VOLUNTEERS will work with both the festival director and a small group of volunteer coordinators, casually but based around a mutually agreeable hourly commitment. Volunteers will work independently and manage their own schedules, supported by orientation and direction, and will be given legit project management and problem solving challenges. Volunteers will be rewarded with appropriate letters of recommendation (upon request) and invited to festival development events. You’ll also be joining a burgeoning community of folks who care deeply about reimagining their built environment as a diverse multidimensional canvas.

PLEASE GET IN TOUCH \\
V [at] nightshiftwr [dot] ca





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The Making of a Sound-Activated Infiniti Mirror

How a four-foot-square mirror by Mike Robertson and Bernie Rohde’s sound-activated LEDs were forged to make a dancing, endless drop into the abyss at #NightShift15

Charlena Russell + Infinity Mirror = !!!The fabulous Charlena Russell pours her voice into the dancing abyss of Bernie Rohde & Mike Robertson’s Infinity Mirror, made in Kitchener at kwartzlab: http://nightshiftwr.ca/making-infiniti-mirror \\ Shot by Laura McBridePour yourself in too at #NightShift15, where YOU\I will be making it move: http://nightshiftwr.ca/infinimirrorPS: Only 24 hours left to get tickets to the post-fest wrap-up brunch: https://fundrazr.com/campaigns/512tk0 \\ https://www.facebook.com/events/923257704408027

Posted by NIGHT\SHIFT on Wednesday, October 28, 2015

(as told by Bernie)

Besides decorating a dark spot somewhere downtown, we’d like to see what could be done by collaborating in a makerspace. So it’s a process as much as a product – a study of Kwartzlab‘s incubator environment. Results can be radical because we all come from different planets.

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Our experiment is as much about combining resources as it is about making an object. To get acquainted we started by re-inventing the wheel. Here’s Enrico with the wheel. Mike suggested making it round.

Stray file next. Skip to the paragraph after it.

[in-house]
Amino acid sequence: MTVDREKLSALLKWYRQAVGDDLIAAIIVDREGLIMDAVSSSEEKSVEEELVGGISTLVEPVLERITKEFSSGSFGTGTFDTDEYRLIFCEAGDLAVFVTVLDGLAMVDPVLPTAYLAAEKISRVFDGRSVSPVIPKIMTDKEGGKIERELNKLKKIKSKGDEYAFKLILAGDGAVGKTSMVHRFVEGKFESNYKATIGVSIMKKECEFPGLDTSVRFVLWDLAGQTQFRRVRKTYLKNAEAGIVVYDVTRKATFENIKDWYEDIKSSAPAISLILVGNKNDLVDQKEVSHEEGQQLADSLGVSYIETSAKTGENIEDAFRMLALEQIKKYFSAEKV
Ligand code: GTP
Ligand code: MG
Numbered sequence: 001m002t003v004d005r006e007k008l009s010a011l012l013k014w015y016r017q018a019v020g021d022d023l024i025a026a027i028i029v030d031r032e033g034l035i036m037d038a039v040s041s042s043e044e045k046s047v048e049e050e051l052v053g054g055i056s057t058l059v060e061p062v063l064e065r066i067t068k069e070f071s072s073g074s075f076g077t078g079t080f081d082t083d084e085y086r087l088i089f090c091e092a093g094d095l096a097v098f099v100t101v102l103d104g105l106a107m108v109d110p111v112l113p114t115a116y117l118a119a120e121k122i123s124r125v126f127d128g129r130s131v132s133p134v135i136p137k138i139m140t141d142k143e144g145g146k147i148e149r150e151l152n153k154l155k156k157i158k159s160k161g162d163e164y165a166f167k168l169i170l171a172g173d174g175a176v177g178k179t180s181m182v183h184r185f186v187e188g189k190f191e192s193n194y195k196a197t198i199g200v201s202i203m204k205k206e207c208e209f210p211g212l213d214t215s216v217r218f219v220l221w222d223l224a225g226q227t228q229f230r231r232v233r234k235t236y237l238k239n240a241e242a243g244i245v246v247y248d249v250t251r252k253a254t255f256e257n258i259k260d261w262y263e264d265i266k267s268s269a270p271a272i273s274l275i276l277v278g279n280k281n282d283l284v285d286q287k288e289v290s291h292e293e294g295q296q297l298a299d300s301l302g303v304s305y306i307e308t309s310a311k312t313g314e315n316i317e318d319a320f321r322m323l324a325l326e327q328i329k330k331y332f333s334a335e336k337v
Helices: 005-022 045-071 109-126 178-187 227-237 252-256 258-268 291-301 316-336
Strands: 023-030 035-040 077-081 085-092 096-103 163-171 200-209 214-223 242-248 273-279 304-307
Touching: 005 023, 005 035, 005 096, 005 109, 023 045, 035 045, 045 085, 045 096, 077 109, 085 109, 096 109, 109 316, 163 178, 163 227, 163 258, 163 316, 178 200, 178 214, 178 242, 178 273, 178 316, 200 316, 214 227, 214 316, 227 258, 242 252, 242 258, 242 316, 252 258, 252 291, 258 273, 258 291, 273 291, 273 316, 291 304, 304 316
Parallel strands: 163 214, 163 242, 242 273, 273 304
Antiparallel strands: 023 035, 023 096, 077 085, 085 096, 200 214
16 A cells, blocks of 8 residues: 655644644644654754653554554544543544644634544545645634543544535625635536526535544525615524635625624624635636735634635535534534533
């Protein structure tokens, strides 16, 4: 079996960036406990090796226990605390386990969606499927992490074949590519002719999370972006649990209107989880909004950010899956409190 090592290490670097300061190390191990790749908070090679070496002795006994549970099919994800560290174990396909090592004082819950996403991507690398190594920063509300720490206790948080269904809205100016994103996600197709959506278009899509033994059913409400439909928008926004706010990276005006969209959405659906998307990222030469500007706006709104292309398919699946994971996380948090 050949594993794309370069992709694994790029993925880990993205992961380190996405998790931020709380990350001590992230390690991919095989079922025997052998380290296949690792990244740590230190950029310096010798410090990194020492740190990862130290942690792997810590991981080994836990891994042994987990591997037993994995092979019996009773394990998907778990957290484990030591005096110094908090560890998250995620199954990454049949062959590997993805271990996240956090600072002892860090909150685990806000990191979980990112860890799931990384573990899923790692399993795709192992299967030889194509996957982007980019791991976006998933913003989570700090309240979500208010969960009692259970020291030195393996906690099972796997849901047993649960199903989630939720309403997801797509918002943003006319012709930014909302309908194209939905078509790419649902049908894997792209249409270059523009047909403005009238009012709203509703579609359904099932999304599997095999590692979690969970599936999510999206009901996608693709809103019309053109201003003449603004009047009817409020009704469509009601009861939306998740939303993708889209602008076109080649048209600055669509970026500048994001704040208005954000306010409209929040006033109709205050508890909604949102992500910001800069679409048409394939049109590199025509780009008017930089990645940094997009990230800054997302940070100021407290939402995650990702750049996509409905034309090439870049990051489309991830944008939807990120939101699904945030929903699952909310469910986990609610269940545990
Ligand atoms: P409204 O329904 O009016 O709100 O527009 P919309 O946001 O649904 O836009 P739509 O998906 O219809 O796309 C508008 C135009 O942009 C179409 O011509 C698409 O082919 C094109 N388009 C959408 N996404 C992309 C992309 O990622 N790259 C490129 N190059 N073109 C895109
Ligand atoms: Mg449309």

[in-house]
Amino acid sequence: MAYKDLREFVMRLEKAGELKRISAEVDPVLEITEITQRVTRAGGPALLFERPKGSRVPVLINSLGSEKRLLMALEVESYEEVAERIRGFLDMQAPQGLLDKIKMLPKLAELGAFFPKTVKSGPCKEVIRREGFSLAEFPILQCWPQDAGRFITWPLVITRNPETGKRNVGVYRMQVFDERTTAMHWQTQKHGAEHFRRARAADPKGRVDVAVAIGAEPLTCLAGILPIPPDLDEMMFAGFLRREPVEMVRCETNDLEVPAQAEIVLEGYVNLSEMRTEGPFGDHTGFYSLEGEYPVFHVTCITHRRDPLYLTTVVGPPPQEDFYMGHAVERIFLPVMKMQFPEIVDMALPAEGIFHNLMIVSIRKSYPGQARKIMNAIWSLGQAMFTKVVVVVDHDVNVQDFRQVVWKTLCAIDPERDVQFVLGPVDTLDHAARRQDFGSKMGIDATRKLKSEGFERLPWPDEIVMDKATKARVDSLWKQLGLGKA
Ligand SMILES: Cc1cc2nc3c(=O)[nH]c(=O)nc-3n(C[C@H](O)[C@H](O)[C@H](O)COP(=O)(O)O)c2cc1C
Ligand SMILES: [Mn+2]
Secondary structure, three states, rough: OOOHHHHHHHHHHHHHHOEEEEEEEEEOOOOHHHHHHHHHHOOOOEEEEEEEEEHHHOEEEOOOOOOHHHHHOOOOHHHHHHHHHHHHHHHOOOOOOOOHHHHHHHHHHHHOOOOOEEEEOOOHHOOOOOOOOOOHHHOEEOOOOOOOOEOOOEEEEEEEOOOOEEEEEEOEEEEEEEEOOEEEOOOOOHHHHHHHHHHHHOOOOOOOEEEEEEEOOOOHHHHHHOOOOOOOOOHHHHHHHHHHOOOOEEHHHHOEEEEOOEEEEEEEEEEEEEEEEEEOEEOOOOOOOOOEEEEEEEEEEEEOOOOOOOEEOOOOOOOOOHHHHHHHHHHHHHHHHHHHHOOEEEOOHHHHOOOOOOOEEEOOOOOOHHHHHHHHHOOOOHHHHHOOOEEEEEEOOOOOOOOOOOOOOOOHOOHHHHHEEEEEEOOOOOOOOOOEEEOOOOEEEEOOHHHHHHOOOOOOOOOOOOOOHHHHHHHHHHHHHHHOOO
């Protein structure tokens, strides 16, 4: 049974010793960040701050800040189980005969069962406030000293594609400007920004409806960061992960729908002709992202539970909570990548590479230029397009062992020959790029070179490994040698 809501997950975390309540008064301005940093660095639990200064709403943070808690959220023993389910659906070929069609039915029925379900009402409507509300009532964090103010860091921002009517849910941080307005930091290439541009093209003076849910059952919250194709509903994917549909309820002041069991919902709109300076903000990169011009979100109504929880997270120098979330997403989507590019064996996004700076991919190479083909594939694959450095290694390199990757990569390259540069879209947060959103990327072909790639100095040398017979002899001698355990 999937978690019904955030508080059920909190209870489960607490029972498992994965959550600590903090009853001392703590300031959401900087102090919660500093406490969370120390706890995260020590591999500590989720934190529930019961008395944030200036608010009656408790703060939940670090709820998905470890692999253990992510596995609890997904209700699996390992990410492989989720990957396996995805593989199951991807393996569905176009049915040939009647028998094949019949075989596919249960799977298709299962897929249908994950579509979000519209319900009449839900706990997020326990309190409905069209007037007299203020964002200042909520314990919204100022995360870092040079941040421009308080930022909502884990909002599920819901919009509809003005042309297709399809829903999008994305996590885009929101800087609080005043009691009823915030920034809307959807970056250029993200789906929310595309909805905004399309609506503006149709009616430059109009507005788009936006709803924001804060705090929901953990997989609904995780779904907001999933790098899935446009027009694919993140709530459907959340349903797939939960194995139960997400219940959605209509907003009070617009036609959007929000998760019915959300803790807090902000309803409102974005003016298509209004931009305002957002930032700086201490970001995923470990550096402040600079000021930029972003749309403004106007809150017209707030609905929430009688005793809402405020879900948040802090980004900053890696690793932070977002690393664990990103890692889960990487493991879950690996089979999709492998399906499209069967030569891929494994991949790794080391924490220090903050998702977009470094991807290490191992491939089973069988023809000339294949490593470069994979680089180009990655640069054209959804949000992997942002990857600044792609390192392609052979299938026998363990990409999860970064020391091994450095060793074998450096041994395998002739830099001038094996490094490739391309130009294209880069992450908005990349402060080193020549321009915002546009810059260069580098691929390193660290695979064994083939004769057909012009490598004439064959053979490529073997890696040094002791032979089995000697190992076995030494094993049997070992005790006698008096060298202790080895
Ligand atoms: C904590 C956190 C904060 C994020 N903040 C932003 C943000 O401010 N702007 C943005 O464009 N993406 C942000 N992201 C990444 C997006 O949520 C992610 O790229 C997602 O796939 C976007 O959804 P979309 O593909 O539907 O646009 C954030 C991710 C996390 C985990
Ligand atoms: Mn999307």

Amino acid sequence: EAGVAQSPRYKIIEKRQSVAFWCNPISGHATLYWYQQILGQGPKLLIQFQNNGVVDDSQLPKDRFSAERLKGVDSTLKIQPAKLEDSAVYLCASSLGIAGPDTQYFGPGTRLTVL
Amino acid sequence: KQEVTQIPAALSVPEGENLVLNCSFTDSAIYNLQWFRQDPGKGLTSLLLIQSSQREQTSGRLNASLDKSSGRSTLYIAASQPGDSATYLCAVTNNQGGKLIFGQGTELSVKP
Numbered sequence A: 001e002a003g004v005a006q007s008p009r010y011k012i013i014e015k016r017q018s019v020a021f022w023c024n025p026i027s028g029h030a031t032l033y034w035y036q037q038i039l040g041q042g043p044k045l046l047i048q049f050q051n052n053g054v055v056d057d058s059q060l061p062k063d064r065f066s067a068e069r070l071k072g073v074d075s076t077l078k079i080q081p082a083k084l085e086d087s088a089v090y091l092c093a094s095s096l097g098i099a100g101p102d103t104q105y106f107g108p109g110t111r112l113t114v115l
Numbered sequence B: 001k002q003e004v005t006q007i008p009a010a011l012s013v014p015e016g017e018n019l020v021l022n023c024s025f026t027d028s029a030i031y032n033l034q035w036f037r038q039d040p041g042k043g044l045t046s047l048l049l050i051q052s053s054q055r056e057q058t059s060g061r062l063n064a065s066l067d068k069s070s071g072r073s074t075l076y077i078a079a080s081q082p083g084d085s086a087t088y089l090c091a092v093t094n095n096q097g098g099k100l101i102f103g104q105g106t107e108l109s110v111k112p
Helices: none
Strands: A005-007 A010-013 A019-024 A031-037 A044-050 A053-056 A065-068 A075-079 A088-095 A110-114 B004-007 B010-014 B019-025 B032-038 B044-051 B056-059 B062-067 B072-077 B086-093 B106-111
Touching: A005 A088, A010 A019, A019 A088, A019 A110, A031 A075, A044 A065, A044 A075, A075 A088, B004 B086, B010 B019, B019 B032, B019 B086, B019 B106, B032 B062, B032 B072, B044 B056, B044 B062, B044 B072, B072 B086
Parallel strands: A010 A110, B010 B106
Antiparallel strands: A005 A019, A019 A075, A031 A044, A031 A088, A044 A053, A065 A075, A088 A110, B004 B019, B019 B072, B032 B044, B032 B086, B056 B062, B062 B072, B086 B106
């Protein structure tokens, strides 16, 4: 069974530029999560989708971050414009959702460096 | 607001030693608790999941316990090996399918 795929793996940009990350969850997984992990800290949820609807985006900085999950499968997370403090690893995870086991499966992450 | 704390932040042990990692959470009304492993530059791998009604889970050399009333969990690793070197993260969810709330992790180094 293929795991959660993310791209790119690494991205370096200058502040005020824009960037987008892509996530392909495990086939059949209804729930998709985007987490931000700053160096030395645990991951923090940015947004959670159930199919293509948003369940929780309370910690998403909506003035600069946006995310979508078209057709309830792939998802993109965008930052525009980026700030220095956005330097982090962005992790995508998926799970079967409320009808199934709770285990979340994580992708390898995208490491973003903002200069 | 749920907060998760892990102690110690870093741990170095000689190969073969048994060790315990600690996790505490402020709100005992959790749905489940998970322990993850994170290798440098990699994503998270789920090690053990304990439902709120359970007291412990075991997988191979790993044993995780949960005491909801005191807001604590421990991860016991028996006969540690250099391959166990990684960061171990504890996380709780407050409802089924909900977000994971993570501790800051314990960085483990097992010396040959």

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Then we heard about geometry and physics from Bob, Doug and Neil. Kwartzlab is a great place for meeting people, and then for getting good advice on almost any subject.

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We have no plan on paper so the material itself decides what to do. Mike came up with vinyl lattice cap moulding in a 4-foot circle, bolted to plywood. Here he is, finding out what our actual dimensions could be. There’s another thing the lab is good for – lots of elbow room, tools and material samples. 

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A small experimental box shows that LEDs should face the center of the frame – not away from the viewer. Placed on an angle the lights looks brighter, but all the way down you lose every second reflection.

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Compared with Mike’s previous mirrors we see 12 reflections instead of 18, but this isn’t caused by depth of the box. We tried other glass and acrylic mirrors, and Mike will check the one-way film. (When we finally built the real mirror with new clean material, the problem disappeared.) 

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Meanwhile Bernie was studying the LED market and we had one rowdy group discussion about that. Interestingly, after comparing specs and ‘descriptions’ from many websites and visiting several retailers, the best deal for excellent LEDs turns out to be in Kitchener at K-W Surplus: a 5 meter strip with remote control and AC adapter (Nortech N75050KRGB-5M).

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We have no idea who chose the parts for this strip kit. The adapter is much too weak for lights at full brightness. Charles at The Working Centre donated a good one, with proper regulation up to 70 watts. Our maximum power consumption for 12-foot of strip is 4.6A at 12Vdc (roughly 55W). These LEDs now appear brighter than others on the market at twice the price.

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The LED package claims a “long lifespan > 60,000 hours.” That could mean a half-life of seven years at 24 hrs/day – the best rating we’ve seen for strips – but the wording is unscientific and we’re already not taking Nortech’s information at face value.

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The strip has a clear flexible coating, not really waterproof (IP65) but good protection against mechanical abuse. We’re cooling the LEDs to make them last longer. Bob found galvanized steel which we made into a heatsink…

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…and we’ve painted the steel and interior walls all black.

The 216 LEDs are divided into 24 pixel segments to show sound waves – not as a colour organ or spectrum analyzer but as an x-axis, similar to an oscilloscope display. A bass note for instance will appear as roughly 1 cycle per frame. Pixels are on or off depending on sample polarity, not sound volume. In other words, sound will cause the light pattern to change and quiet will leave it alone. Background noise will be ignored, according to a manual preset sensitivity adjustment. Automatic gain control prevents the system being swamped when a band starts to play.